The Date to Save
Stephanie Kate Strohm
Point, September 2017
This succinct story is an oral documentary, delivered in written format. Quite appealing to this avid reader, it seemed to create the quick, concise medium to appropriately accompany the pace of the plot. In a kind-of-counterintuitive way, I feel like this is a fantastic format for the wary reader, too. Essentially composed of conversations, with few notes added; extraneous minutiae is eliminated. Fewer words means better choices. Each sentence is carefully crafted and I definitely dig the dialogue.
Students at San Anselmo Prep are stars among California high school scholars, with none so bright as Angelica’s older brother. Hutch, however; has graduated. This may very well be Angelica’s time to shine. Things are already looking up.
The school newspaper’s churlish chief-of-staff has rejected every idea Angelica has submitted. And yet, she persisted. Admittedly underwhelmed with the assignment to cover the upcoming Academic Battle, Angelica’s optimism easily overrode the terrible topic to embrace the opportunity.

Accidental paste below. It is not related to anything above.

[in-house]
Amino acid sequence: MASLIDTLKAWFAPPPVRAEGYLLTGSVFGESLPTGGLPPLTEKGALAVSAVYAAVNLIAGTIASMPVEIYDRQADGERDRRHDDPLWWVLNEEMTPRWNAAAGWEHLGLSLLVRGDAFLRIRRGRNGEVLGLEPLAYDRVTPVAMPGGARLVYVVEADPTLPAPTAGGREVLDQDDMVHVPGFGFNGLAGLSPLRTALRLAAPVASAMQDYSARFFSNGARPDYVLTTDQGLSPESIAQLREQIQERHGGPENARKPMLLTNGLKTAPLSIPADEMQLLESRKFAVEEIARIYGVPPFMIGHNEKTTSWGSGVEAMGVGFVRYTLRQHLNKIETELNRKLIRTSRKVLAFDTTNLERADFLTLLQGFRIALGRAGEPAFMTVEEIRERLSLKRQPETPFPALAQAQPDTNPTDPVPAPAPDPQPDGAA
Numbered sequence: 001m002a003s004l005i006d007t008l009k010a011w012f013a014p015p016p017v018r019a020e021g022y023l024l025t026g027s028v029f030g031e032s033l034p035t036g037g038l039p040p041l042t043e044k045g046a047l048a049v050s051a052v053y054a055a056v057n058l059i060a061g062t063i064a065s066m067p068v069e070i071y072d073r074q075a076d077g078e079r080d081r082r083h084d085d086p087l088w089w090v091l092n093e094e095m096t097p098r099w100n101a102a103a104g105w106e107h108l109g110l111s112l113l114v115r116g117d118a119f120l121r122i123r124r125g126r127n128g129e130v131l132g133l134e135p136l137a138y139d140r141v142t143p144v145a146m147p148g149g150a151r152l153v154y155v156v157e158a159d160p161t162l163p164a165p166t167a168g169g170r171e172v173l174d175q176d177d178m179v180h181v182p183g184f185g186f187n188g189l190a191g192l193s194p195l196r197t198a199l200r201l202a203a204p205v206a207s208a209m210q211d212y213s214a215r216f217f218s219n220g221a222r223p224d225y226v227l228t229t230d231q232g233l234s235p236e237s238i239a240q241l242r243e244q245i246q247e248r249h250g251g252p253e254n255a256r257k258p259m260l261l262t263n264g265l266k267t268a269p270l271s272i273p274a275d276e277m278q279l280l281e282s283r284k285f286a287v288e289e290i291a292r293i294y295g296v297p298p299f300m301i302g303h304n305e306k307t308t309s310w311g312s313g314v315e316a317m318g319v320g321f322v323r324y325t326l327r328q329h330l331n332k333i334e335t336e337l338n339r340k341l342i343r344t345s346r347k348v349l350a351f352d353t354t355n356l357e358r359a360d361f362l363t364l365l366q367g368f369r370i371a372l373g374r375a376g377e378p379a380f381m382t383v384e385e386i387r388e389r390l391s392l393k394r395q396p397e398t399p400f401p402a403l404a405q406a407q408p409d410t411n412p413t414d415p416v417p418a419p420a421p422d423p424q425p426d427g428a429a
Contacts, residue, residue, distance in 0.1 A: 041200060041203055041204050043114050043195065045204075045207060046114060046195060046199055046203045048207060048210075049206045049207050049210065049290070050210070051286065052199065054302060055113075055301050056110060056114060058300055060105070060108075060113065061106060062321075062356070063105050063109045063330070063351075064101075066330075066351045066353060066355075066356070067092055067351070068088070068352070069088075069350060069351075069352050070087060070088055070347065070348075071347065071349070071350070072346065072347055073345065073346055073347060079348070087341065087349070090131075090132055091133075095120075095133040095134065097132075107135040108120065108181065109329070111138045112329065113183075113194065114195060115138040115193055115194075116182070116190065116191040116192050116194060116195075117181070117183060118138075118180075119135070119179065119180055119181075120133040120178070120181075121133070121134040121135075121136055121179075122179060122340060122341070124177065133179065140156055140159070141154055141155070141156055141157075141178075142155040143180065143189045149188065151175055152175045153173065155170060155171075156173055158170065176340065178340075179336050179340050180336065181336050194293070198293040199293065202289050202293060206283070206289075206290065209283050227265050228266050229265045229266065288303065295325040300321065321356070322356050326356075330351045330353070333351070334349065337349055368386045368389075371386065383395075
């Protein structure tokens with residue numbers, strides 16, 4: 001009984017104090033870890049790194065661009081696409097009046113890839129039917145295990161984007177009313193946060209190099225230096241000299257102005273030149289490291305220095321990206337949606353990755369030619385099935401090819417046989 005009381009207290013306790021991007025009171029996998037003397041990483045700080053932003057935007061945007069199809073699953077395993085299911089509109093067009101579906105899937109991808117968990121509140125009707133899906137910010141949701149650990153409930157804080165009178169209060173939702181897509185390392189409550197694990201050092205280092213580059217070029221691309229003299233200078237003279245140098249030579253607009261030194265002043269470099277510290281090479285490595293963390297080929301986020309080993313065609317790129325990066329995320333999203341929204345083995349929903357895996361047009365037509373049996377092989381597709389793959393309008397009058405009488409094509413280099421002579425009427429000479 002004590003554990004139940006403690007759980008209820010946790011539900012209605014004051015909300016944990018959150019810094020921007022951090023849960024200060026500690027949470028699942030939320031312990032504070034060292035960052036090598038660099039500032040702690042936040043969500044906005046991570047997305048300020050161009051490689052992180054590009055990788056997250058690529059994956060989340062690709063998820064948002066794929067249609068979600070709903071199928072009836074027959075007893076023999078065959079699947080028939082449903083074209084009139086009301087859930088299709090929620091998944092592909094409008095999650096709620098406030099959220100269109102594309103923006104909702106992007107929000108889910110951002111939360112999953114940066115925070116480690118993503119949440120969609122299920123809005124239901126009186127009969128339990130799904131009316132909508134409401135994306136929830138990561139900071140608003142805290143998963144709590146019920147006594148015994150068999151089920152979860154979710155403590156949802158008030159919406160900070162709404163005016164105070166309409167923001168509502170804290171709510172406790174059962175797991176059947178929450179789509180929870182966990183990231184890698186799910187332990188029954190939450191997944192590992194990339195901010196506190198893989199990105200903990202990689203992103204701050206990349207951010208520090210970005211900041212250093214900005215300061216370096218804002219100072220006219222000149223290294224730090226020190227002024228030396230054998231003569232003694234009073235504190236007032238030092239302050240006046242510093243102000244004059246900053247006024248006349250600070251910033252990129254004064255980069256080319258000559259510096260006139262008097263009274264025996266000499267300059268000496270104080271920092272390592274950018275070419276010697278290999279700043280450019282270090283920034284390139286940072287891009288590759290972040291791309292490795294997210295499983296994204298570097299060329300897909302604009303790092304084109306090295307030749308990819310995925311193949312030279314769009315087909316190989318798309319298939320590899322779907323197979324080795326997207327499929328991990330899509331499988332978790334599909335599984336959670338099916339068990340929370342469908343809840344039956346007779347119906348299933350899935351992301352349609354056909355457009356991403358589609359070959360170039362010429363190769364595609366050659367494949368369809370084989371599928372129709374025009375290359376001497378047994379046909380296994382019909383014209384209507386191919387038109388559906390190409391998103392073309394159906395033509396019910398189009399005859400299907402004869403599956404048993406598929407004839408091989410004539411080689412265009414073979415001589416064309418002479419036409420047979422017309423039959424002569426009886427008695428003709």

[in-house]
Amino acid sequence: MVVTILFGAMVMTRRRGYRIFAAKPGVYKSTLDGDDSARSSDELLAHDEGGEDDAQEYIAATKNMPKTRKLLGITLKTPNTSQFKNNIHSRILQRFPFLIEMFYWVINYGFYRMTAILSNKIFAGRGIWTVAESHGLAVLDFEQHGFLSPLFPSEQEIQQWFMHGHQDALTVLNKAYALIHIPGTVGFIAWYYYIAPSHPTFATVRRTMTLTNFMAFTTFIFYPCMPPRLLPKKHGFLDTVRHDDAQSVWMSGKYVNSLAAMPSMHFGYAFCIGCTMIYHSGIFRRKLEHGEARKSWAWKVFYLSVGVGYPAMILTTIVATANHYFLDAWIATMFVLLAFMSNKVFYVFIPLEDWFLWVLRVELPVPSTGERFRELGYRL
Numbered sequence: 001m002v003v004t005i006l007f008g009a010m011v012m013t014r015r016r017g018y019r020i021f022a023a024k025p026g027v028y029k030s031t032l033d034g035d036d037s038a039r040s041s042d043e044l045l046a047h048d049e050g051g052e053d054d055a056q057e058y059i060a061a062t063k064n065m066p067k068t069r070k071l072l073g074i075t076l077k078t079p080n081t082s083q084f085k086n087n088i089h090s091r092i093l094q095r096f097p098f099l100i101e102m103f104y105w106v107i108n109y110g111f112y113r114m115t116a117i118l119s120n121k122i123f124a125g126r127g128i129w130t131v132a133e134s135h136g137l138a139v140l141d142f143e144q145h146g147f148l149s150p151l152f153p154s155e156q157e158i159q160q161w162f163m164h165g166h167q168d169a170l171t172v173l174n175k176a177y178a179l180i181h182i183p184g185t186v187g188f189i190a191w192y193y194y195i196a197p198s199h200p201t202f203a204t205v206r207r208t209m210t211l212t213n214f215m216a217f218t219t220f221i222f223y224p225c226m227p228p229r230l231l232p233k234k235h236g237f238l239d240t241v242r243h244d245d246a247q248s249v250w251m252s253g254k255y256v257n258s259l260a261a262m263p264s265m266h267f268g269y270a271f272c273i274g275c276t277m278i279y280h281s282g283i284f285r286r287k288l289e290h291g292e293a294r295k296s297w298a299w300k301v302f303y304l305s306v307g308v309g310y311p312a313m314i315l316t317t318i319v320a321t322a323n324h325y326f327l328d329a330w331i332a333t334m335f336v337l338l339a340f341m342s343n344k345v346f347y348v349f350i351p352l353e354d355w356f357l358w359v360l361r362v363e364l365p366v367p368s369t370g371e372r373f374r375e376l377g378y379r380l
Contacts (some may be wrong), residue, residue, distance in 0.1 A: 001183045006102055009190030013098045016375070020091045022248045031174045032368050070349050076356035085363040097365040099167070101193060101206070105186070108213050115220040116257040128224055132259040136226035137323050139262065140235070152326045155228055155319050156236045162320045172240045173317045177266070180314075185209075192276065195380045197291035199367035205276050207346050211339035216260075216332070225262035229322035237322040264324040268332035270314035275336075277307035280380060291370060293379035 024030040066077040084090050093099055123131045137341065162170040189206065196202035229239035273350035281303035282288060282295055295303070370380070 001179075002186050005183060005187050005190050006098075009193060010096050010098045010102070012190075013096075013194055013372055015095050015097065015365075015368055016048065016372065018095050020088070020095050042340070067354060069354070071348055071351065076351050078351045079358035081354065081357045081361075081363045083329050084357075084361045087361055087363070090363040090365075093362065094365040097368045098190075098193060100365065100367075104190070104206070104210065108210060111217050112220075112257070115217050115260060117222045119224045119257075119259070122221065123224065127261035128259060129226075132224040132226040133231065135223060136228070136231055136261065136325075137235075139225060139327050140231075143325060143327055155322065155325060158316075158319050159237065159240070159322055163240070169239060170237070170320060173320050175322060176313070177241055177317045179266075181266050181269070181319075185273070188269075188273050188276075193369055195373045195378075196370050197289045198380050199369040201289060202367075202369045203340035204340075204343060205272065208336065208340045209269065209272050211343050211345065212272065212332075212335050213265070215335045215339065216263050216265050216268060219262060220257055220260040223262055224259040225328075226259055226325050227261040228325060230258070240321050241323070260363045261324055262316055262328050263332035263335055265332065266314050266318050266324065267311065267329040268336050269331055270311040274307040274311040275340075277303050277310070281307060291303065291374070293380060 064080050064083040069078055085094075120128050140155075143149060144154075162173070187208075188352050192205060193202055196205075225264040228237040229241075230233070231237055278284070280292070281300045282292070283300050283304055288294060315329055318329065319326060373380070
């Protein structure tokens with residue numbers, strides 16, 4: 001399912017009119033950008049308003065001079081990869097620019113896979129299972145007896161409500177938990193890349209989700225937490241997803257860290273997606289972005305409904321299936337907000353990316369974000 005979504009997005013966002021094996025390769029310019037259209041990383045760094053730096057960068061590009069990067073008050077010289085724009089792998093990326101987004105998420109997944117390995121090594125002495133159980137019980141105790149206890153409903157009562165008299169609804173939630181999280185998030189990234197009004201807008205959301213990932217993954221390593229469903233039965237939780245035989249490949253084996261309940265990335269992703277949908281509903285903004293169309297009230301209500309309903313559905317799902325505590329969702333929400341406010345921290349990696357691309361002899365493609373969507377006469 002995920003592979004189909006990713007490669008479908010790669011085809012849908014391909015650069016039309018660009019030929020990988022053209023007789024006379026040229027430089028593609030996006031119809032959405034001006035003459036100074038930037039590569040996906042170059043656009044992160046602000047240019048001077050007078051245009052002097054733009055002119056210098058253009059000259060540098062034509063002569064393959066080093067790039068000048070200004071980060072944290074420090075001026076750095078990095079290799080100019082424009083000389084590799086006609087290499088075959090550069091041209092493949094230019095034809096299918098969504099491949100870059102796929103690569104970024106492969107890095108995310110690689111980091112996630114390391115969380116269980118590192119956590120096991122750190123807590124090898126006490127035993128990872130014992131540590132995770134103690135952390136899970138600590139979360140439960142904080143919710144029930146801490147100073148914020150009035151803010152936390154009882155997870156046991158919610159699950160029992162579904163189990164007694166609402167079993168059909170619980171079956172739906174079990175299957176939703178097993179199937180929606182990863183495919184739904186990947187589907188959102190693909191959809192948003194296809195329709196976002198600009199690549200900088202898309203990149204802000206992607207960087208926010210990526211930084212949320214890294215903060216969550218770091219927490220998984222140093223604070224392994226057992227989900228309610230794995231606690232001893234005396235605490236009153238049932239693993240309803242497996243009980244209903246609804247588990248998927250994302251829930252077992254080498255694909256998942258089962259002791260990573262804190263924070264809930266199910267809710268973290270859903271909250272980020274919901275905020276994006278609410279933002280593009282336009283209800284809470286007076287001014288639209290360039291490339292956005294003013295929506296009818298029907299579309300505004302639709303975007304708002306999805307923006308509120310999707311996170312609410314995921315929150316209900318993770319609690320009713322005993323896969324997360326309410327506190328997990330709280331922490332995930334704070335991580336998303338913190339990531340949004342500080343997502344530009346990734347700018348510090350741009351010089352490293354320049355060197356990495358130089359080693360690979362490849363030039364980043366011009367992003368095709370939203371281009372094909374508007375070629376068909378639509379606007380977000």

As any decent investigative reporter knows, one thing leads to another. The initial inquiry into the Academic Battle shows a more serious scenario. A school scheduling snafu that cannot have been coincidence is sure to be catastrophic. Compelled to solve the problem and identify the perpetrator; Angelica nevertheless agrees to help the school mascot when he approaches her with a different mystery, affecting the same date.
Countering the wholly consumed Angelica is Becca. The determinedly grumpy, blue-haired-bestie is everyone’s fantasy friend. This fierce non-conformist is a loyal companion bringing balance with her humor and unique outlook.
I found The Date to Save to be a pleasant read with one paragraph in particular that I dearly love, wherein Ms. Strohm articulates a reader’s feelings about books in a way that I want to capture for a t-shirt or bumper sticker.
Reviewed by jv poore, August 2017.